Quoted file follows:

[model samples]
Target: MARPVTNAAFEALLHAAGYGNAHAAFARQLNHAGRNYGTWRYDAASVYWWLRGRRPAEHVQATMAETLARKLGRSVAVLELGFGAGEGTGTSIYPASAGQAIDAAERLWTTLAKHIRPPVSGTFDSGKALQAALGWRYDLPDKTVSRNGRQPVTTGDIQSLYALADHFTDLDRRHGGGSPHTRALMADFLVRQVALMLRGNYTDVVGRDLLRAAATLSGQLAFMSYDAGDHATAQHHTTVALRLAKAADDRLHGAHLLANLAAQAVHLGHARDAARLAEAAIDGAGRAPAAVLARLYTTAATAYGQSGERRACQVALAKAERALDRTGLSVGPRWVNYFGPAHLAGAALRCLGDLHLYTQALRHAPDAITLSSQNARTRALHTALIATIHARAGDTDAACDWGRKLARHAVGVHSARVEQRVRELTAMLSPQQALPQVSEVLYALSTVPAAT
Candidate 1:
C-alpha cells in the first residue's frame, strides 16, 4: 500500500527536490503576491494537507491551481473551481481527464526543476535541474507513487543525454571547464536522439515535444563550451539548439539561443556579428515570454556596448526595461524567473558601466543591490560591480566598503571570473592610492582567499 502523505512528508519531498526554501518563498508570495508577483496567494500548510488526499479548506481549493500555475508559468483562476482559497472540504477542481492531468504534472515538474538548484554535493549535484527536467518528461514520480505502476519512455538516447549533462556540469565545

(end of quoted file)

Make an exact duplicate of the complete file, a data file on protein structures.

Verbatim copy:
[model samples]
Target: MARPVTNAAFEALLHAAGYGNAHAAFARQLNHAGRNYGTWRYDAASVYWWLRGRRPAEHVQATMAETLARKLGRSVAVLELGFGAGEGTGTSIYPASAGQAIDAAERLWTTLAKHIRPPVSGTFDSGKALQAALGWRYDLPDKTVSRNGRQPVTTGDIQSLYALADHFTDLDRRHGGGSPHTRALMADFLVRQVALMLRGNYTDVVGRDLLRAAATLSGQLAFMSYDAGDHATAQHHTTVALRLAKAADDRLHGAHLLANLAAQAVHLGHARDAARLAEAAIDGAGRAPAAVLARLYTTAATAYGQSGERRACQVALAKAERALDRTGLSVGPRWVNYFGPAHLAGAALRCLGDLHLYTQALRHAPDAITLSSQNARTRALHTALIATIHARAGDTDAACDWGRKLARHAVGVHSARVEQRVRELTAMLSPQQALPQVSEVLYALSTVPAAT
Candidate 1:
C-alpha cells in the first residue's frame, strides 16, 4: 500500500527536490503576491494537507491551481473551481481527464526543476535541474507513487543525454571547464536522439515535444563550451539548439539561443556579428515570454556596448526595461524567473558601466543591490560591480566598503571570473592610492582567499 502523505512528508519531498526554501518563498508570495508577483496567494500548510488526499479548506481549493500555475508559468483562476482559497472540504477542481492531468504534472515538474538548484554535493549535484527536467518528461514520480505502476519512455538516447549533462556540469565545